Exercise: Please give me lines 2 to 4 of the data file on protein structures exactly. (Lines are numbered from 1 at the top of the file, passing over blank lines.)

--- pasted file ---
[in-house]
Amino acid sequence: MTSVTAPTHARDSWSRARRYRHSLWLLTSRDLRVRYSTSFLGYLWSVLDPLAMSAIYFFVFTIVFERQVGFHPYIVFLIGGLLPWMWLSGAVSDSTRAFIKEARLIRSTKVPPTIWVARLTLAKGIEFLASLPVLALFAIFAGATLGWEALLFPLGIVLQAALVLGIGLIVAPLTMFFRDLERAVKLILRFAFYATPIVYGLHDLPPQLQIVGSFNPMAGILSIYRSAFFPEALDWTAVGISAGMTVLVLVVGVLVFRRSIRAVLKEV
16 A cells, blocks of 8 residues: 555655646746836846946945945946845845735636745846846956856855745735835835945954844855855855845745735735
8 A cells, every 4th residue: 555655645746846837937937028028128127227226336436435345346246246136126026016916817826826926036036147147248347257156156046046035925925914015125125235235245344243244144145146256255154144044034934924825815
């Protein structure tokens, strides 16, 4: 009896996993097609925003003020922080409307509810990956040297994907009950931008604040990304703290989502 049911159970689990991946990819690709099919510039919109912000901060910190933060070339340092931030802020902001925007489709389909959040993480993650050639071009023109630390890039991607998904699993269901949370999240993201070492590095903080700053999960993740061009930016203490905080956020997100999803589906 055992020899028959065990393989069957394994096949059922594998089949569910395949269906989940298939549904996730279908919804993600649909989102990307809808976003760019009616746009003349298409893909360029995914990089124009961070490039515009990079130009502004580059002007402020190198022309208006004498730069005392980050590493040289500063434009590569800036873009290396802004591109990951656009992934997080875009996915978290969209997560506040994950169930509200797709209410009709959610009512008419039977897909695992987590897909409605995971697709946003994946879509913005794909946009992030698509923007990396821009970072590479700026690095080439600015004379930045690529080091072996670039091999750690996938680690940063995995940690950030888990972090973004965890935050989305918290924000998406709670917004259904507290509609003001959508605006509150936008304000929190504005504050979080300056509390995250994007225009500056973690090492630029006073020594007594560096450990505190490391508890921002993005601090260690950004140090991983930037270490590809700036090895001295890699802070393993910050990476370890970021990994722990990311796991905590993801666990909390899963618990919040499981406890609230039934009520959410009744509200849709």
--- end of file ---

Amino acid sequence: MTSVTAPTHARDSWSRARRYRHSLWLLTSRDLRVRYSTSFLGYLWSVLDPLAMSAIYFFVFTIVFERQVGFHPYIVFLIGGLLPWMWLSGAVSDSTRAFIKEARLIRSTKVPPTIWVARLTLAKGIEFLASLPVLALFAIFAGATLGWEALLFPLGIVLQAALVLGIGLIVAPLTMFFRDLERAVKLILRFAFYATPIVYGLHDLPPQLQIVGSFNPMAGILSIYRSAFFPEALDWTAVGISAGMTVLVLVVGVLVFRRSIRAVLKEV
16 A cells, blocks of 8 residues: 555655646746836846946945945946845845735636745846846956856855745735835835945954844855855855845745735735
8 A cells, every 4th residue: 555655645746846837937937028028128127227226336436435345346246246136126026016916817826826926036036147147248347257156156046046035925925914015125125235235245344243244144145146256255154144044034934924825815